Mark Wignall | Street more relevant than politicians
All of last week, the major argument at street level was what many perceived as the impending release of their hero, Vybz Kartel, due to what they saw as new information unearthed during Kartel's appeal case.
'Him a come a road fi Christmas', was one recurring theme, and that was supported by many saying that he was sentenced due to what they saw as class bias. 'Whole heap a big man do worse an nutten nuh happen to them. Fi wi system mek 'gainst di poor man.'
It was, indeed, the brave man who would dare suggest that Kartel would lose his appeal. Many were speaking in pragmatic terms and that gave way to a non-consideration of whether he committed a crime or was related to all the angels in heaven. That was the sort of relevance that our politicians were hungry for.
The relevance where in every other conversation, the politician is on the lips of the people. The last time that happened was not when Portia was in her ackee, leading up to her winning the PNP presidency and being named, automatically, prime minister. That time belonged solely to the late Michael Manley and, in the early to mid-1970s, he could do no wrong for the broad mass of people.
The present JLP administration and the opposition PNP probably know that as social media take over our lives, for every politician who is fashioned into an earthly God or a new messiah, there are enough people to highlight his fascination for dabbling in gutter politics or just plain guns.
It could be that Jamaica has not yet received the memo that a wave of populism is on the move, and the way a message is formulated and the more it is trumpeted are far more 'important' than effective policy changes for most of the people.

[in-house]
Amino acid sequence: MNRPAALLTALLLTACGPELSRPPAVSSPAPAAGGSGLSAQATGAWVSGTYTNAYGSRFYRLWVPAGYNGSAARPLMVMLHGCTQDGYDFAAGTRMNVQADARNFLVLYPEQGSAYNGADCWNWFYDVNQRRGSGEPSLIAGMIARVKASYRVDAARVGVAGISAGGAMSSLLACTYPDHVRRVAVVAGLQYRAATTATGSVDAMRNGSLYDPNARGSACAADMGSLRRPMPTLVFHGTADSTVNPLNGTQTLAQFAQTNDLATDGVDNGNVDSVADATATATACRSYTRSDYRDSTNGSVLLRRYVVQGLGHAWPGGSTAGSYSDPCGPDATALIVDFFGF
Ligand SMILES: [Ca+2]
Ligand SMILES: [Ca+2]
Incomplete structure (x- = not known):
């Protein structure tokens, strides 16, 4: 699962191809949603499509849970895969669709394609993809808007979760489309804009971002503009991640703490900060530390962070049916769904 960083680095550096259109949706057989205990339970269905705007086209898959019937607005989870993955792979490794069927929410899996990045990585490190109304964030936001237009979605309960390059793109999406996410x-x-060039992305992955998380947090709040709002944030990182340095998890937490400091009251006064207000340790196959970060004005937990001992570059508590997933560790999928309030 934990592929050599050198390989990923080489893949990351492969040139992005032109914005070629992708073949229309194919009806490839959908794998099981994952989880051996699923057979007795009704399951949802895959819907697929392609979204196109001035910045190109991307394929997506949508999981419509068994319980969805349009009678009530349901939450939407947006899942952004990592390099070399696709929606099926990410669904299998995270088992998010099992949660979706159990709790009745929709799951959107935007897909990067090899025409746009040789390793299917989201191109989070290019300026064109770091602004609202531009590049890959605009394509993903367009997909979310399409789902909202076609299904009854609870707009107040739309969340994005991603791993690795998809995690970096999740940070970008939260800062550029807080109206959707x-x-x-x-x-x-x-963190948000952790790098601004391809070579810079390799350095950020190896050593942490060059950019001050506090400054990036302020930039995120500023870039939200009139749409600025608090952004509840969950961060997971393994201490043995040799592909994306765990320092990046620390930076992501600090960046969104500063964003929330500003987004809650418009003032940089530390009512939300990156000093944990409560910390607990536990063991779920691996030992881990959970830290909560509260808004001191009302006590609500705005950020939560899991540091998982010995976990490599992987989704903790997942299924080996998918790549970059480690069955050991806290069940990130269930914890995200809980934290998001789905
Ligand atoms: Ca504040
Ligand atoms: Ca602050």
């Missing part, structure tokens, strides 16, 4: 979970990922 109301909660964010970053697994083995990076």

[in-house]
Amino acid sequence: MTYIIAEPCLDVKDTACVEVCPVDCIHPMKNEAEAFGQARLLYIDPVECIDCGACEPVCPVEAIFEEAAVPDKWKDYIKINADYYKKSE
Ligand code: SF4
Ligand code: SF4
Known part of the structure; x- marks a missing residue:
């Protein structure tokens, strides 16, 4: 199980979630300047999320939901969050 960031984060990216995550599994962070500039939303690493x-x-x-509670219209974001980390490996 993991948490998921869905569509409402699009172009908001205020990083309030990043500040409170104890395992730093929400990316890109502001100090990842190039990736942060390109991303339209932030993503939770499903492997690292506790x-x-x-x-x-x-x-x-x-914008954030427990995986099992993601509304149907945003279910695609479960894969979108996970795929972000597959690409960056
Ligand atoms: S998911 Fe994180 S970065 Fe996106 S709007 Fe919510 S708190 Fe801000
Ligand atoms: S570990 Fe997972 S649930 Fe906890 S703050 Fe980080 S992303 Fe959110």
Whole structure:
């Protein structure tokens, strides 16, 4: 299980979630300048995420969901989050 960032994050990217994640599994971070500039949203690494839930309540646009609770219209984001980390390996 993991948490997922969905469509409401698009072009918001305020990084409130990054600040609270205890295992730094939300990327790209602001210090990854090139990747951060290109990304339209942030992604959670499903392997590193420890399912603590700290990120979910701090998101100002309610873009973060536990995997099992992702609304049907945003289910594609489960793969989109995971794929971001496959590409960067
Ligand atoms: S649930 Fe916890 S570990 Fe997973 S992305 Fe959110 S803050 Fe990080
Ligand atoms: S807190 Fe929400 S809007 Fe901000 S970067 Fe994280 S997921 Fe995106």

Moody's latest favourable rating for Jamaica is lost in this. 'Every few years yu hear that the country's economic system is stable and we are on the right track,' said the owner of a small business employing 12 people. Last weekend as we spoke he said, 'When are we ever going to be at that place where unemployment is at eight per cent and falling, real wages are up, and crime and shootings for two or three years are in decline?'
There is a sound reason why politicians are drawn to the hottest entertainment commodity on the market, or, at the very least, the music and the lyrics that are on most people's lips. In the early 1970s, Michael Manley held so high a popularity that the PNP was able to co-opt its own pop message in the form of a song done by someone with strong Michael Manley sympathies - My Leader born Yah by Neville 'Struggle' Martin.
In 1980, the JLP reached for Bunny Wailer's hit song Crucial and, just as how strains of My Leader would fire up the PNP base at a mass meeting, so would Crucial energise the JLP faithful in the days leading up to the October 1980 election.
The relevance that an Andrew Holness or Peter Phillips can immediately bring to the people is not to be be found in large numbers of Jamaicans outside of the party base speaking loudly of them and in glowing terms. "Mi like Andrew", said a young woman to me last week. She lives in a JLP garrison. "Him irie", was all she added.
"Right now Peter Phillips is a far, far way from Michael in the 1970s," said a 64-year old PNP supporter. "Him is a good man, but him boring."